Summary: Sex Differences in the Genetic Basis of Morning Serum
Cortisol Levels: Genome-Wide Screen Identifies Two
Novel Loci Specific to Women
Lianne M. Kurina, Lauren A. Weiss, Steven W. Graves, Rodney Parry, Gordon H. Williams, Mark Abney,
and Carole Ober
Departments of Health Studies (L.M.K.), Human Genetics (L.A.W., M.A., C.O.), and Obstetrics and Gynecology (C.O.), The
University of Chicago, Chicago, Illinois 60637; Department of Chemistry and Biochemistry (S.W.G.), Brigham Young
University, Provo, Utah 84602; School of Medicine (R.P.), University of South Dakota, Sioux Falls, South Dakota 57105;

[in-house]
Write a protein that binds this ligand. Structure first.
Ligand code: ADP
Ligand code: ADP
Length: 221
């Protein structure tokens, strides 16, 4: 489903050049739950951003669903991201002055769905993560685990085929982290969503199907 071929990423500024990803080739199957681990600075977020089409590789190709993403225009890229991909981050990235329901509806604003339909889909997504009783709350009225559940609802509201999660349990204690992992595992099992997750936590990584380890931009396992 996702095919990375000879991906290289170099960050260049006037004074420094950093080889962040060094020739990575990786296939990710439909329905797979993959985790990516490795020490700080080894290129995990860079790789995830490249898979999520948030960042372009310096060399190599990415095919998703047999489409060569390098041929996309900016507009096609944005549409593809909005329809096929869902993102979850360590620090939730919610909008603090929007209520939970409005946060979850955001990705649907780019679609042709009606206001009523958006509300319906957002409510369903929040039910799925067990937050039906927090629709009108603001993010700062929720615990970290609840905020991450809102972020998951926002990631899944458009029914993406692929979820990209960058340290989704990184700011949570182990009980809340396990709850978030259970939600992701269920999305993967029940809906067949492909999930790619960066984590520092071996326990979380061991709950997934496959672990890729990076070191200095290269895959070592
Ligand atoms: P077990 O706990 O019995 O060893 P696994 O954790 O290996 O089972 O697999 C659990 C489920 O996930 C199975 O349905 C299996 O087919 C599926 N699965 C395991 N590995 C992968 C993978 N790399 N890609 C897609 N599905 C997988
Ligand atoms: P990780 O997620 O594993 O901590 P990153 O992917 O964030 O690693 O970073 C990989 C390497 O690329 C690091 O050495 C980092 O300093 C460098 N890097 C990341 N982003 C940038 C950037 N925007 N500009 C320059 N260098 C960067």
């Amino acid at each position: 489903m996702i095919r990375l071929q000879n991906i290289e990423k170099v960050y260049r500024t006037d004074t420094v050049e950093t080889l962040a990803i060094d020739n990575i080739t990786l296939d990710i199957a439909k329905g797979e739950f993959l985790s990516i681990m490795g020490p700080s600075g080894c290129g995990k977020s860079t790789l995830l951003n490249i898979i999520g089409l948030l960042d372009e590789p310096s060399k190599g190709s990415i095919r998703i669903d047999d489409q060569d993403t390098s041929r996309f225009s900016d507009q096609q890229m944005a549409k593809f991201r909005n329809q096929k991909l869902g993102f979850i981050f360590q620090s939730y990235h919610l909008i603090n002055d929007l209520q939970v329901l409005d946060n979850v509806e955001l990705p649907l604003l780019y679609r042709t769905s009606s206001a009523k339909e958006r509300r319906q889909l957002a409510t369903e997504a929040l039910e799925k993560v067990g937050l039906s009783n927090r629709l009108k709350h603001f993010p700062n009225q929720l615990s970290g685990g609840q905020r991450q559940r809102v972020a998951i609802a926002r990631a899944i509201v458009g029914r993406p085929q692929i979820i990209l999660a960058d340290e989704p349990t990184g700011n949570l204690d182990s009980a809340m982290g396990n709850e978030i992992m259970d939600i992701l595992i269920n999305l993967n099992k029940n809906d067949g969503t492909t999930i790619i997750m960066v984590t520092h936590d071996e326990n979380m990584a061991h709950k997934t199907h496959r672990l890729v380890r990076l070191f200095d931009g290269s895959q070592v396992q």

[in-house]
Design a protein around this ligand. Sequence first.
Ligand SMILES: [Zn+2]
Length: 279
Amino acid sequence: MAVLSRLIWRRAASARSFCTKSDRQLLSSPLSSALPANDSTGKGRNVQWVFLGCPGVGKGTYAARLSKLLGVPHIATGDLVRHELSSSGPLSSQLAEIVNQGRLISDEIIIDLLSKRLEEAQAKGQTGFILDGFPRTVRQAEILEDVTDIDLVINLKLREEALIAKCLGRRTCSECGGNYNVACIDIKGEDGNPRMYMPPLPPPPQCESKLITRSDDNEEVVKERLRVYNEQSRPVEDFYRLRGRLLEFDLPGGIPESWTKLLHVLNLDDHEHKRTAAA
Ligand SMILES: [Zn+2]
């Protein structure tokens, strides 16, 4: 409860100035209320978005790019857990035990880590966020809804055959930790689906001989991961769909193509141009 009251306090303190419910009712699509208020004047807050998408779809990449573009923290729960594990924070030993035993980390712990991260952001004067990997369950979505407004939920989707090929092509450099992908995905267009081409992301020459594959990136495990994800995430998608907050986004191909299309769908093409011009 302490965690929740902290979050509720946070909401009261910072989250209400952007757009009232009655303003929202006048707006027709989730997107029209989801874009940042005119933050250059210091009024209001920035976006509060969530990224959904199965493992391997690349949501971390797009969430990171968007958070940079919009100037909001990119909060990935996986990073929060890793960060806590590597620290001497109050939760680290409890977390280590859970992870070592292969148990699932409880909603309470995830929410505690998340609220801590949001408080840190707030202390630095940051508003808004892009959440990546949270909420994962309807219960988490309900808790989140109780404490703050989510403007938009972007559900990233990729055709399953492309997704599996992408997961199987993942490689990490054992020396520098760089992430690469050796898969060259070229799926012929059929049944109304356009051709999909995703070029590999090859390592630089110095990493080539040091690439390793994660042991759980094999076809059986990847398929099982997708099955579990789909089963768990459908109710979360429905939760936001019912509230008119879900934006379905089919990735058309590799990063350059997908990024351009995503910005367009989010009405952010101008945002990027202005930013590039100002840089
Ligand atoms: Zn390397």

and Cardiovascular Endocrinology Section (G.H.W.), Brigham and Women's Hospital and Harvard Medical School, Boston,
Context: Relatively little is known about the influence of specific
genes on cortisol levels, particularly morning cortisol levels.
Objective: The objective of this study was to identify quantitative
trait loci associated with morning serum cortisol levels.
Design: We carried out a genome screen for morning serum cortisol
using linkage and association methods tailored for use in large ped-
igrees. We conducted these analyses both in the whole sample and
partitioned by sex.
Setting: This study was conducted on nine communal Hutterite
farms in South Dakota.